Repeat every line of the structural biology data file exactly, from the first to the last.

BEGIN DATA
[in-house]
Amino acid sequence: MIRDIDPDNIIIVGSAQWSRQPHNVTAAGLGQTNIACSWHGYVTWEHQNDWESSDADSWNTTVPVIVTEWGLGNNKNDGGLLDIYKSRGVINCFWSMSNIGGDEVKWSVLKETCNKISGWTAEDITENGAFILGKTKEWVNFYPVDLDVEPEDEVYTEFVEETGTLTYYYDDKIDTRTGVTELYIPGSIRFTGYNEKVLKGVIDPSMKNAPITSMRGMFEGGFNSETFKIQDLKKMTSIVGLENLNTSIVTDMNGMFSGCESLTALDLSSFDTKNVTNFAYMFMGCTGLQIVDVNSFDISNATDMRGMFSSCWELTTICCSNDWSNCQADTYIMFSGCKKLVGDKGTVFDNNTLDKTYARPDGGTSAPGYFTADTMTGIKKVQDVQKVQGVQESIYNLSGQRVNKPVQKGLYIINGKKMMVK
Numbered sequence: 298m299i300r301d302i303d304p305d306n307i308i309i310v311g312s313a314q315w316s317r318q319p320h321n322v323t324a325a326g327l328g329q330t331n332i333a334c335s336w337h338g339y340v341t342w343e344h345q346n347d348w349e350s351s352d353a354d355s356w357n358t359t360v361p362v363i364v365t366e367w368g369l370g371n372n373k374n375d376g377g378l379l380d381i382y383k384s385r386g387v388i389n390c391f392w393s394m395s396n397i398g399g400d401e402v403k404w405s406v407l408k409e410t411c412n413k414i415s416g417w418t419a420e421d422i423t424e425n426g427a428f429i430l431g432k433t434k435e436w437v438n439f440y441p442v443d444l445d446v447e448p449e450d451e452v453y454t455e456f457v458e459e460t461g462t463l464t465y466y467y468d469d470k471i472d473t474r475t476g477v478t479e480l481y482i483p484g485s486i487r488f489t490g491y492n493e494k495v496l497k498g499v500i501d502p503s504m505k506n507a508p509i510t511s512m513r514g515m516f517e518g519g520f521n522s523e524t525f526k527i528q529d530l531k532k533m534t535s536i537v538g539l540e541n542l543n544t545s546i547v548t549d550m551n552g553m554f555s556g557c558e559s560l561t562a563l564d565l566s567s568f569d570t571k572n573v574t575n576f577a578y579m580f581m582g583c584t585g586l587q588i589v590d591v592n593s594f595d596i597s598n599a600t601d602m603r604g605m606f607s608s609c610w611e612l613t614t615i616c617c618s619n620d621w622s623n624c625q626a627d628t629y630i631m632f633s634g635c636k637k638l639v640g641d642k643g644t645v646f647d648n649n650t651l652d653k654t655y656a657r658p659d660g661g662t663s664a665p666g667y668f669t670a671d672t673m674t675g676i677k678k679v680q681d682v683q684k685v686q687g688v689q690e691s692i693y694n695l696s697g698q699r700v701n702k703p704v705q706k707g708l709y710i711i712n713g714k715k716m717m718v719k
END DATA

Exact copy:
[in-house]
Amino acid sequence: MIRDIDPDNIIIVGSAQWSRQPHNVTAAGLGQTNIACSWHGYVTWEHQNDWESSDADSWNTTVPVIVTEWGLGNNKNDGGLLDIYKSRGVINCFWSMSNIGGDEVKWSVLKETCNKISGWTAEDITENGAFILGKTKEWVNFYPVDLDVEPEDEVYTEFVEETGTLTYYYDDKIDTRTGVTELYIPGSIRFTGYNEKVLKGVIDPSMKNAPITSMRGMFEGGFNSETFKIQDLKKMTSIVGLENLNTSIVTDMNGMFSGCESLTALDLSSFDTKNVTNFAYMFMGCTGLQIVDVNSFDISNATDMRGMFSSCWELTTICCSNDWSNCQADTYIMFSGCKKLVGDKGTVFDNNTLDKTYARPDGGTSAPGYFTADTMTGIKKVQDVQKVQGVQESIYNLSGQRVNKPVQKGLYIINGKKMMVK
Numbered sequence: 298m299i300r301d302i303d304p305d306n307i308i309i310v311g312s313a314q315w316s317r318q319p320h321n322v323t324a325a326g327l328g329q330t331n332i333a334c335s336w337h338g339y340v341t342w343e344h345q346n347d348w349e350s351s352d353a354d355s356w357n358t359t360v361p362v363i364v365t366e367w368g369l370g371n372n373k374n375d376g377g378l379l380d381i382y383k384s385r386g387v388i389n390c391f392w393s394m395s396n397i398g399g400d401e402v403k404w405s406v407l408k409e410t411c412n413k414i415s416g417w418t419a420e421d422i423t424e425n426g427a428f429i430l431g432k433t434k435e436w437v438n439f440y441p442v443d444l445d446v447e448p449e450d451e452v453y454t455e456f457v458e459e460t461g462t463l464t465y466y467y468d469d470k471i472d473t474r475t476g477v478t479e480l481y482i483p484g485s486i487r488f489t490g491y492n493e494k495v496l497k498g499v500i501d502p503s504m505k506n507a508p509i510t511s512m513r514g515m516f517e518g519g520f521n522s523e524t525f526k527i528q529d530l531k532k533m534t535s536i537v538g539l540e541n542l543n544t545s546i547v548t549d550m551n552g553m554f555s556g557c558e559s560l561t562a563l564d565l566s567s568f569d570t571k572n573v574t575n576f577a578y579m580f581m582g583c584t585g586l587q588i589v590d591v592n593s594f595d596i597s598n599a600t601d602m603r604g605m606f607s608s609c610w611e612l613t614t615i616c617c618s619n620d621w622s623n624c625q626a627d628t629y630i631m632f633s634g635c636k637k638l639v640g641d642k643g644t645v646f647d648n649n650t651l652d653k654t655y656a657r658p659d660g661g662t663s664a665p666g667y668f669t670a671d672t673m674t675g676i677k678k679v680q681d682v683q684k685v686q687g688v689q690e691s692i693y694n695l696s697g698q699r700v701n702k703p704v705q706k707g708l709y710i711i712n713g714k715k716m717m718v719k